Those who pursue track & field are a small portion of all athletes in all sports around the world. It very well could be that the best track and field athletes aren’t in track and field! (By the way, it works this way for all sports. The best baseball player may be playing football, soccer, jai alai or cricket.)

  • What if the fastest sprinter in the world is really playing soccer in Europe?
  • What if the best high-jumper is playing professional basketball?
  • What if the best pole vaulter is a gymnast in China?
  • What if the best steeple chase runner is playing lacrosse?

So here is what I deduce.

  • The best at anything is the best at any given point in time in history.
  • The best at anything is only the best of those whoever pursued that sport.
  • Thus, we cannot fairly compare competitive eras.
  • We can state that any record holder is only the best of those who have tried that sport or event. 

About Dean Hebert

I’m a mental game coach, author and speaker. I work with individual athletes, parents, coaches, and teams on sports performance enhancement. Beyond my academic post-graduate work in sports psychology - the psychology behind athlete performance – I am a certified Mental Games Coaching Professional (MGCP) and certified hypnotherapist. I’ve authored several books and hundreds of articles. “Coach, I didn’t run because…” (2008) is a seriously light-hearted look at making excuses not to workout and how to overcome them. “Focus for Fitness” (2009) and “Screw the Goals Give me the Donut” (2010) are two of my eBooks on mental game approaches for the everyday athlete. I wrote these because I believe that everyone can benefit from the powerful mental techniques that the world’s best athletes use. I have been cited in Runners World, Best Health magazine (CN), SWEAT Magazine, and the Washington Examiner amongst many other publications. I have been a featured mental games coach in Runner’s World and for the internationally acclaimed trail running resource - I also regularly appear on sports and fitness talk shows such as LTKFitness, Runnersroundtable and for more than three years I have co-hosted a weekly video series with Coach Joe English for I specialize in mental toughness training. My clients include tennis, synchronized swimming, golf, race-kart, soccer, motocross, volleyball, MMA, cycling (road, off-road, time-trialist), running, duathlon and triathlon, basketball, football and baseball athletes. I have coached world-class athletes and athletes internationally. I have a passion for working with youth athletes and helping them apply mental game skills and techniques to all areas of life. Most importantly, my aim is to have people enjoy sports and life to their fullest through peak performances.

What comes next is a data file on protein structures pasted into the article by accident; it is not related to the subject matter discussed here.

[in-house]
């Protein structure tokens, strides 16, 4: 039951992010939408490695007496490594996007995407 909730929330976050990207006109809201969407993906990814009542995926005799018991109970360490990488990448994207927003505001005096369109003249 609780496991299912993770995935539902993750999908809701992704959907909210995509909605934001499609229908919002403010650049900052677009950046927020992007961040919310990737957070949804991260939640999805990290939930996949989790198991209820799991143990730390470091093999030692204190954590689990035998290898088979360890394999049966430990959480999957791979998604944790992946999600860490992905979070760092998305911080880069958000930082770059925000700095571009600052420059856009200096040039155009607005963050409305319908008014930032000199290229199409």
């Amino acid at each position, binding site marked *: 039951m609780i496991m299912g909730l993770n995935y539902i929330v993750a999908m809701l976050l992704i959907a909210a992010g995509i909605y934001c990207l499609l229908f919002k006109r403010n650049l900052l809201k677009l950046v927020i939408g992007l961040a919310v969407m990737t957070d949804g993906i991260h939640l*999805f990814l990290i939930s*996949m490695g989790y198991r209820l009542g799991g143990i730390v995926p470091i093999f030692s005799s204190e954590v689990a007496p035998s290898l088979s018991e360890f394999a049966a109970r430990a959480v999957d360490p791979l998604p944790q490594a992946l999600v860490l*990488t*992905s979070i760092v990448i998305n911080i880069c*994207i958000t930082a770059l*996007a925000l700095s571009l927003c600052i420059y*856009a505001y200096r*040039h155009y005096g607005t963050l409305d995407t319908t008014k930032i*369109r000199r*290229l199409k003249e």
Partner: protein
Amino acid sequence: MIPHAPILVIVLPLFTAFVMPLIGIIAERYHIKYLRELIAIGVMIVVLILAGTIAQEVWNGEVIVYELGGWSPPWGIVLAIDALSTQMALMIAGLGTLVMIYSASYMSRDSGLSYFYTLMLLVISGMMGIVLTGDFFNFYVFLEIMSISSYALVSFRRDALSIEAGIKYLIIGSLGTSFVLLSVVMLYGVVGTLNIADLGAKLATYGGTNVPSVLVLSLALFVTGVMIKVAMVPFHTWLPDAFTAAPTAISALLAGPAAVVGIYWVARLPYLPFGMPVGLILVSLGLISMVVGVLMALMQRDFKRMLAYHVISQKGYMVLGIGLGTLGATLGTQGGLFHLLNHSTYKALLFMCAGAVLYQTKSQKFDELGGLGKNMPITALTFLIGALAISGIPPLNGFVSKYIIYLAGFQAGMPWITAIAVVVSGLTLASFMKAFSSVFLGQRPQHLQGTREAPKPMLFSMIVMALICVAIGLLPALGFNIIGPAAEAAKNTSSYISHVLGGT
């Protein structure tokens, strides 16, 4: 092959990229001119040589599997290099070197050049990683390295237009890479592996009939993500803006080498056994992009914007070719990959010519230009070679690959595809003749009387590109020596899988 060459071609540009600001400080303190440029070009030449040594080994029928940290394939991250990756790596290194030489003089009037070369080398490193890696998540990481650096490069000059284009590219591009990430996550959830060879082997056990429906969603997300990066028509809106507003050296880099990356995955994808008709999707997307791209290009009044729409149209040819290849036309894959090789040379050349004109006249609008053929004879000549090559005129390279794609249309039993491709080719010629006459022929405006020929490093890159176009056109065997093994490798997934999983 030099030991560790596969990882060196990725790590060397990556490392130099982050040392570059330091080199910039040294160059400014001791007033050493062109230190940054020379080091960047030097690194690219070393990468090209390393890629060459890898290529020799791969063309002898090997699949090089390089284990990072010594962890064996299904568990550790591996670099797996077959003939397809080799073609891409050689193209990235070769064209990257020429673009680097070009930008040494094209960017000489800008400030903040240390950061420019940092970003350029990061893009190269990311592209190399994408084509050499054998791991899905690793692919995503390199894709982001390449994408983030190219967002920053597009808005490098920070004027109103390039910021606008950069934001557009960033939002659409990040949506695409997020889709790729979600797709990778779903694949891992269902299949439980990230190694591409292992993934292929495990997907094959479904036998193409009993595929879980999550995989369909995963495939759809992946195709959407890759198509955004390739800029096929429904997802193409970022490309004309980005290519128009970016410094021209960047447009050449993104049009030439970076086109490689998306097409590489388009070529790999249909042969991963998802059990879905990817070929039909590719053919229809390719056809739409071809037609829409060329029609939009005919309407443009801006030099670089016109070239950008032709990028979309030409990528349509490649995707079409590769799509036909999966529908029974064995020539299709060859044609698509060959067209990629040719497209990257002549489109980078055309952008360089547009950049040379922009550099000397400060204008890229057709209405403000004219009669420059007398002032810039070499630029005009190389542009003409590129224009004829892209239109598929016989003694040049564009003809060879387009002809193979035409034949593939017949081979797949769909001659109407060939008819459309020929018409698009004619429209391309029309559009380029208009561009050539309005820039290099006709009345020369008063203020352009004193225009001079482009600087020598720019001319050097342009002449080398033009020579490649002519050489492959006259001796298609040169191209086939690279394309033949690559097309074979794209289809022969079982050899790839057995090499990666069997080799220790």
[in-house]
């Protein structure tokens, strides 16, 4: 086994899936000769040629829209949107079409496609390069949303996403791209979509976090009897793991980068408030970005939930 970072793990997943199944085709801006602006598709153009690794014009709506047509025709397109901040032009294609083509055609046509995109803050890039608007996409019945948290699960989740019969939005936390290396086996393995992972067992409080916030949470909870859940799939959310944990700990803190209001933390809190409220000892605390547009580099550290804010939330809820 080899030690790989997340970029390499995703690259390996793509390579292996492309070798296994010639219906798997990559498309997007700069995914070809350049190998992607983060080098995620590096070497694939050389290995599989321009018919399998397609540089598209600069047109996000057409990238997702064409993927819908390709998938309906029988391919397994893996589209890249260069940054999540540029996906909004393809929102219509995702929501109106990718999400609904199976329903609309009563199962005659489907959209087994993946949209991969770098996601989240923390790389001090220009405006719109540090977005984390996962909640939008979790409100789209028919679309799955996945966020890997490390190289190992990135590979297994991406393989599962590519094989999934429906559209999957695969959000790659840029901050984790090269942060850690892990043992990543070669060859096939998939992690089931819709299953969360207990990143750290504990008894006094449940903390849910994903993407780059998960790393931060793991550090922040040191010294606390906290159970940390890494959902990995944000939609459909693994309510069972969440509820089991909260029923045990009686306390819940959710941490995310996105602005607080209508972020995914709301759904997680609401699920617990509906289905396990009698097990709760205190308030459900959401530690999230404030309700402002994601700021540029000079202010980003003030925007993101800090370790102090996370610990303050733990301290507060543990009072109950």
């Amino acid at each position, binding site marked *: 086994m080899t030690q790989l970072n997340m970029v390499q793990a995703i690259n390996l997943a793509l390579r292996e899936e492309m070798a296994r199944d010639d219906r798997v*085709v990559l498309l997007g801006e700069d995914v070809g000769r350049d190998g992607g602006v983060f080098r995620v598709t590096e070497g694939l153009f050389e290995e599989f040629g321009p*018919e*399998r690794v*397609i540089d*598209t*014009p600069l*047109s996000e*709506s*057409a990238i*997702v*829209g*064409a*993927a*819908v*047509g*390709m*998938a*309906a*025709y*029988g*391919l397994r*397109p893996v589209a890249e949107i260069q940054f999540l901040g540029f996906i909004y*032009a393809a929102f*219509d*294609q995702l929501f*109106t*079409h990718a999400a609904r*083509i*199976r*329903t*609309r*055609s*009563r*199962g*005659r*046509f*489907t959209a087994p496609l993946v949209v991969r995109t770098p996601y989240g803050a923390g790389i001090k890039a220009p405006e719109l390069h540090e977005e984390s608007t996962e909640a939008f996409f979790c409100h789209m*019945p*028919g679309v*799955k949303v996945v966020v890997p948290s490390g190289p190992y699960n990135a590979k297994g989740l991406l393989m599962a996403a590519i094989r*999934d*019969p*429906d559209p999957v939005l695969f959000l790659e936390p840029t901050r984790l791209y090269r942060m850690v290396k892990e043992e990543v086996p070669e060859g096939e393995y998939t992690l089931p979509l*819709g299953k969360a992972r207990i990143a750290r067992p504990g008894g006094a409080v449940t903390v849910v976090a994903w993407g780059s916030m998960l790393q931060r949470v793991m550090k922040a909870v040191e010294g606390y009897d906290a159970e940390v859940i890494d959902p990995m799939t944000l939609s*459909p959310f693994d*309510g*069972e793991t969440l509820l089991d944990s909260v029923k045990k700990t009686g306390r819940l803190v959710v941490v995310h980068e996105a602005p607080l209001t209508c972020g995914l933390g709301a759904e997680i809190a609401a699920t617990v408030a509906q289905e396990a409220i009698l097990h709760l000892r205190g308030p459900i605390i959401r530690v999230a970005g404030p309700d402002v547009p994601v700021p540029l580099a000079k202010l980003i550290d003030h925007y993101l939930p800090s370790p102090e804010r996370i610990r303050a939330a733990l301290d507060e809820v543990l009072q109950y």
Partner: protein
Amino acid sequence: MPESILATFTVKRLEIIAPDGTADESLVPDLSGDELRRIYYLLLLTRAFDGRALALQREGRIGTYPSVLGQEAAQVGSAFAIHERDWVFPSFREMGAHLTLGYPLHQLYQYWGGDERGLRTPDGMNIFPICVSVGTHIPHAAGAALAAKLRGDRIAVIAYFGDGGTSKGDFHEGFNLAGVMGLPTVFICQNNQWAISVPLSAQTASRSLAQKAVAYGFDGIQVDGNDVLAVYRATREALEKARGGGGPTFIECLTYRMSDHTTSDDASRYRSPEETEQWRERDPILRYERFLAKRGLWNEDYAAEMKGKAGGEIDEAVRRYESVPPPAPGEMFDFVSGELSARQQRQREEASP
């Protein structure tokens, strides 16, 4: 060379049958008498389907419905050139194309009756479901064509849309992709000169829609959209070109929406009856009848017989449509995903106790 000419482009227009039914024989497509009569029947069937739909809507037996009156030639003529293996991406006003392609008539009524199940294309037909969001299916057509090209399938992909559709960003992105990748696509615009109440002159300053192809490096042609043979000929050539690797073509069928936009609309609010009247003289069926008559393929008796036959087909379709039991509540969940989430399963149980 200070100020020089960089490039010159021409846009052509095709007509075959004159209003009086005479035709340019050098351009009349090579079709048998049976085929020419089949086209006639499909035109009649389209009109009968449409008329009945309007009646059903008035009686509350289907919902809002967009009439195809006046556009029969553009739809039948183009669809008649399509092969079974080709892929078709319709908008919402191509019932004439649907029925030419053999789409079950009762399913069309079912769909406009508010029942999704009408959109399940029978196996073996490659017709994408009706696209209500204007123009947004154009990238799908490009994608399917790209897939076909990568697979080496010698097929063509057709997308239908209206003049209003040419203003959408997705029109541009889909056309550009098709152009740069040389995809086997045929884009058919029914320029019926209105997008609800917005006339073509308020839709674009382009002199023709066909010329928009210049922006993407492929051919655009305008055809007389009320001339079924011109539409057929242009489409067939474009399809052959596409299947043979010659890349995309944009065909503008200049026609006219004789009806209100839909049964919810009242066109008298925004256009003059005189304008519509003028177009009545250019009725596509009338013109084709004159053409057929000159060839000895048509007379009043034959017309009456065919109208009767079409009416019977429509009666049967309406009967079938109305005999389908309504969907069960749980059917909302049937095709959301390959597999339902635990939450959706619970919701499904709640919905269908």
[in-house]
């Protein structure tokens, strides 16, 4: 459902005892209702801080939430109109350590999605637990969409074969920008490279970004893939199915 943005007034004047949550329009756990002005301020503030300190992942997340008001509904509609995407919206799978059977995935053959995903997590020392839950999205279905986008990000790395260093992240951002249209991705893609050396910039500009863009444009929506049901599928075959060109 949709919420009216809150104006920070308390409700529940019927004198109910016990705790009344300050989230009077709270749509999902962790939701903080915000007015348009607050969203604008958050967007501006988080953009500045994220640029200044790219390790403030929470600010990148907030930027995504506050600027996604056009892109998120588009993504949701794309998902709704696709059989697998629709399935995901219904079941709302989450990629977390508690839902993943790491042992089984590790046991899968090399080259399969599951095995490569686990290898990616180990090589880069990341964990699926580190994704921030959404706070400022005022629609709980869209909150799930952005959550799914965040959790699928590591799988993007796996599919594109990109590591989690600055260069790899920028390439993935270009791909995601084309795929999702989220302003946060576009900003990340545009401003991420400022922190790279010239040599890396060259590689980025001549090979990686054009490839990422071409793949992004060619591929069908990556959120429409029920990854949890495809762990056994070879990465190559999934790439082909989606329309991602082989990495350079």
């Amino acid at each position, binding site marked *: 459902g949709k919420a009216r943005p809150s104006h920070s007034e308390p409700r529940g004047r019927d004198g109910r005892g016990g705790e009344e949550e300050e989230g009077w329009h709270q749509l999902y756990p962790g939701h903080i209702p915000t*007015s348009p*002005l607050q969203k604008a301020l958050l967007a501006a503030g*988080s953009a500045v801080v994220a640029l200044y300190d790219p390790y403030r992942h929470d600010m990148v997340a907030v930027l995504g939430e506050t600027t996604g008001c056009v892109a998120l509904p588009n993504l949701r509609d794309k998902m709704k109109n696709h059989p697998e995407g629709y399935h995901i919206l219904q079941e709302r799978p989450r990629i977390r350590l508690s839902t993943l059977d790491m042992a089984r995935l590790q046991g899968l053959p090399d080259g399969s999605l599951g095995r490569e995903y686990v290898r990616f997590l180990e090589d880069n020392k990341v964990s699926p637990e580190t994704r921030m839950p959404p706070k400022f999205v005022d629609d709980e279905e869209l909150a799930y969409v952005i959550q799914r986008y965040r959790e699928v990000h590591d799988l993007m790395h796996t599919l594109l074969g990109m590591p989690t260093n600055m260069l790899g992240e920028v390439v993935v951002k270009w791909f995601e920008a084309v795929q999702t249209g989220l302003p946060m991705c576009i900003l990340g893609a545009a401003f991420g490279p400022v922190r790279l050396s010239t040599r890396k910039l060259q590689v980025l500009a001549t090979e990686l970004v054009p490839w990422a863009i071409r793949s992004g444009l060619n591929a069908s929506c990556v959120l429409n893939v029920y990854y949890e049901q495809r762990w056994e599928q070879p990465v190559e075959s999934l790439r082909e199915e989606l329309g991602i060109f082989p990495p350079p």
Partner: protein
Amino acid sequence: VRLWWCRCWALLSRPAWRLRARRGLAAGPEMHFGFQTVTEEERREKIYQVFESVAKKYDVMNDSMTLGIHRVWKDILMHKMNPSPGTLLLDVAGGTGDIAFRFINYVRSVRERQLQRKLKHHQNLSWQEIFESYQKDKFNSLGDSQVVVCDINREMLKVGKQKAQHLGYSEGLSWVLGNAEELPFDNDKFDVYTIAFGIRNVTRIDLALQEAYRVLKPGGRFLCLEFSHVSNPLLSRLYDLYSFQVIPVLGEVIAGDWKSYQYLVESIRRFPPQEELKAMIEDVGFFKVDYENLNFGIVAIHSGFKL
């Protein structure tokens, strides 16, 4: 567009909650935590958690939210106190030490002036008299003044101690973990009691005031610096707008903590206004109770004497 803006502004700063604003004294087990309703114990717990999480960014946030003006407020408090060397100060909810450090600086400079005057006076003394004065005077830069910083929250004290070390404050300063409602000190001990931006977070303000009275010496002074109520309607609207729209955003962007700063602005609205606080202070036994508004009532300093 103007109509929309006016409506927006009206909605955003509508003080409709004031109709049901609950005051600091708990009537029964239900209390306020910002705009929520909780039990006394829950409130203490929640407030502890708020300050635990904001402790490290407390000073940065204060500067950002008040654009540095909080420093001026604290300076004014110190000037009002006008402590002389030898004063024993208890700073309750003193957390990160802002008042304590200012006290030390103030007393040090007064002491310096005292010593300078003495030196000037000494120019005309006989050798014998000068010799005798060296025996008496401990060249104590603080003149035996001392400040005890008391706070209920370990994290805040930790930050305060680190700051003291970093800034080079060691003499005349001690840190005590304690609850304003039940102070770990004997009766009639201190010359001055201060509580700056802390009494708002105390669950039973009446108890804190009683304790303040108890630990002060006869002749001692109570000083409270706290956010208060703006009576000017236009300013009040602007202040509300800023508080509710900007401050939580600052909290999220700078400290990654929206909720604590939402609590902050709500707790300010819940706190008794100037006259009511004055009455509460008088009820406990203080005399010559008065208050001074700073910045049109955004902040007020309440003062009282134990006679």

This entry was posted in Running, Running Records, The Running Life - Philosophy. Bookmark the permalink.

Leave a Reply

Fill in your details below or click an icon to log in: Logo

You are commenting using your account. Log Out /  Change )

Google+ photo

You are commenting using your Google+ account. Log Out /  Change )

Twitter picture

You are commenting using your Twitter account. Log Out /  Change )

Facebook photo

You are commenting using your Facebook account. Log Out /  Change )


Connecting to %s